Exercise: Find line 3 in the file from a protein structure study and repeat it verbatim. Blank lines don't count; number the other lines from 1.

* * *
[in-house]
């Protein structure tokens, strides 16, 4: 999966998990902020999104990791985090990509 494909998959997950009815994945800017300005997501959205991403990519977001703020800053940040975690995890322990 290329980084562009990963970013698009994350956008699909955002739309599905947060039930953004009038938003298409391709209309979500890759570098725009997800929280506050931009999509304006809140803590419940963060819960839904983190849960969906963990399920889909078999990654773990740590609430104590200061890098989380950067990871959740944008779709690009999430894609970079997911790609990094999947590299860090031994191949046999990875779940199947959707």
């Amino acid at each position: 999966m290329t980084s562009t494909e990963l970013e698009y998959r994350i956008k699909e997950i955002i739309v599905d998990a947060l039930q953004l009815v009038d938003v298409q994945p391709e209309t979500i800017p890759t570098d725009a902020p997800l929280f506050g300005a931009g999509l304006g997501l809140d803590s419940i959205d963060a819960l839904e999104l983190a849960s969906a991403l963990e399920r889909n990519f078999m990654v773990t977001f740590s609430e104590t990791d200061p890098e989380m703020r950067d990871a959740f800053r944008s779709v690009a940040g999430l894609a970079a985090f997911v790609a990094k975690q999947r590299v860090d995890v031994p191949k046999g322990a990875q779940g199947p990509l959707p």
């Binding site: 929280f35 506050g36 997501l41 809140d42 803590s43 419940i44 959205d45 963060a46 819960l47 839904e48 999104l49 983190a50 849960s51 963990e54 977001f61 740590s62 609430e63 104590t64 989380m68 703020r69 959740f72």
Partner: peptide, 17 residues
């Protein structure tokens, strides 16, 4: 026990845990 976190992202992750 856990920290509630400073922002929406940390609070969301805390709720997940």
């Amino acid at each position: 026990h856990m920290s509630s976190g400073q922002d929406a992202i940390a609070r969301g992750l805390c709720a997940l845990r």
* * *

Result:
């Amino acid at each position: 999966m290329t980084s562009t494909e990963l970013e698009y998959r994350i956008k699909e997950i955002i739309v599905d998990a947060l039930q953004l009815v009038d938003v298409q994945p391709e209309t979500i800017p890759t570098d725009a902020p997800l929280f506050g300005a931009g999509l304006g997501l809140d803590s419940i959205d963060a819960l839904e999104l983190a849960s969906a991403l963990e399920r889909n990519f078999m990654v773990t977001f740590s609430e104590t990791d200061p890098e989380m703020r950067d990871a959740f800053r944008s779709v690009a940040g999430l894609a970079a985090f997911v790609a990094k975690q999947r590299v860090d995890v031994p191949k046999g322990a990875q779940g199947p990509l959707p």